November 8, 2019 / 4:55 AM / 3 days ago

U.S. concerned at Cambodia crackdown as neighbors' cooperation decried

PHNOM PENH/BANGKOK (Reuters) - The United States on Friday expressed concern over Cambodia’s crackdown on opposition to authoritarian leader Hun Sen, which has seen dozens of activists arrested and opposition leaders abroad prevented from returning.

FILE PHOTO: Cambodia's Prime Minister Hun Sen attends an ASEAN leaders summit with United Nations Secretary-General Antonio Guterres, in Bangkok, Thailand November 3, 2019. REUTERS/Soe Zeya Tun

Amnesty International, meanwhile, decried cooperation by Malaysia and Thailand to prevent foreign-based Cambodian opposition figures getting home to rally support.

Self-exiled opposition party founder Sam Rainsy, who had vowed to return to Cambodia on Saturday to lead demonstrations against one-party rule, said he was prevented on Thursday from checking-in for a flight from Paris to Bangkok.

A day earlier, Malaysia had detained his party’s U.S.-based vice president, Mu Sochua, at an airport before releasing her 24 hours later along with two other Cambodian opposition leaders detained earlier.

At least 48 opposition activists have been arrested in Cambodia this year since Sam Rainsy announced plans to return on Nov. 9 - Cambodia’s independence day - to rally opposition to longtime Prime Minister Hun Sen.

At least 20,000 security personnel will be deployed in Phnom Penh to ensure Independence Day and the annual Water Festival on Sunday and Monday are not disrupted, police said.

The United States was “deeply concerned by the recent expanding series of arrests, harassment, and intimidation of members of the Cambodian political opposition and by efforts to thwart the return to Cambodia of citizens seeking peaceful participation in the political process”, a U.S. embassy spokeswoman said.

A U.S. State Department spokesman said Washington was also calling on members of the Association of Southeast Asian Nations to respect obligations under international law by not forcing the return of any individuals who could be at risk of persecution.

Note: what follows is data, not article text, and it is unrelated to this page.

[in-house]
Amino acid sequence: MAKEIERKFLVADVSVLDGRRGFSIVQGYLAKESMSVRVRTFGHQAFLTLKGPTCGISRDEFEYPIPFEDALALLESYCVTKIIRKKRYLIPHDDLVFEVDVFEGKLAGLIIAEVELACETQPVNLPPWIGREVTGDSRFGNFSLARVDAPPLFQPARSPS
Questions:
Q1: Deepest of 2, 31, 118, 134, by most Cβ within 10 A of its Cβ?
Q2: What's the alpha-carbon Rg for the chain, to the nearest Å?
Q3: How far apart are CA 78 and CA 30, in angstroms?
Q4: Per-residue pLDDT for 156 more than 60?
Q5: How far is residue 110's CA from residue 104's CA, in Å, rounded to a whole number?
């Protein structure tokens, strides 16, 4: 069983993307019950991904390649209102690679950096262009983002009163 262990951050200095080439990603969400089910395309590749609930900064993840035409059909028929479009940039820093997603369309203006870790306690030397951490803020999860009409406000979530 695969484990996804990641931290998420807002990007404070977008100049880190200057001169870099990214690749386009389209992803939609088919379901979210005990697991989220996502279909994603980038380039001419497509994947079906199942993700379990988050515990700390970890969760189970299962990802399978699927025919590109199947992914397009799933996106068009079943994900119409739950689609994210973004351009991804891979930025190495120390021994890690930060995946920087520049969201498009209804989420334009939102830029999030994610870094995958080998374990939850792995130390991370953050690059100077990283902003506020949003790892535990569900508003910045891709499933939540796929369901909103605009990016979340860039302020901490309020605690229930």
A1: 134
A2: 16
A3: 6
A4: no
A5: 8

Rights groups have accused Malaysia, Vietnam, Cambodia and Thailand of detaining and returning critics of neighboring governments, even those with United Nations refugee status.

Hun Sen has described the opposition plans as a coup bid.

Cambodia’s Supreme Court dissolved Sam Rainsy’s Cambodian National Rescue Party in 2017, paving the way for Hun Sen’s ruling party to win all the seats in an election last year. The CNRP’s banned leader at home, Kem Sokha, is under house arrest.

Amnesty International said neighbors should not bow to Hun Sen’s pressure. “Malaysia was right to release Mu Sochua and her two compatriots. But they should never have been detained in the first place,” it said.

Mu Sochua, who remains in Malaysia, vowed the opposition would keep trying to return.

“Still maintaining the same plan: Cambodia by land,” she said in a tweet. “Hun Sen cannot deprive us & the people the right to return. Open the border.”

Writing by Kay Johnson; Additional reporting by David Brunnstrom in Washington; Editing by Robert Birsel and Alex Richardson

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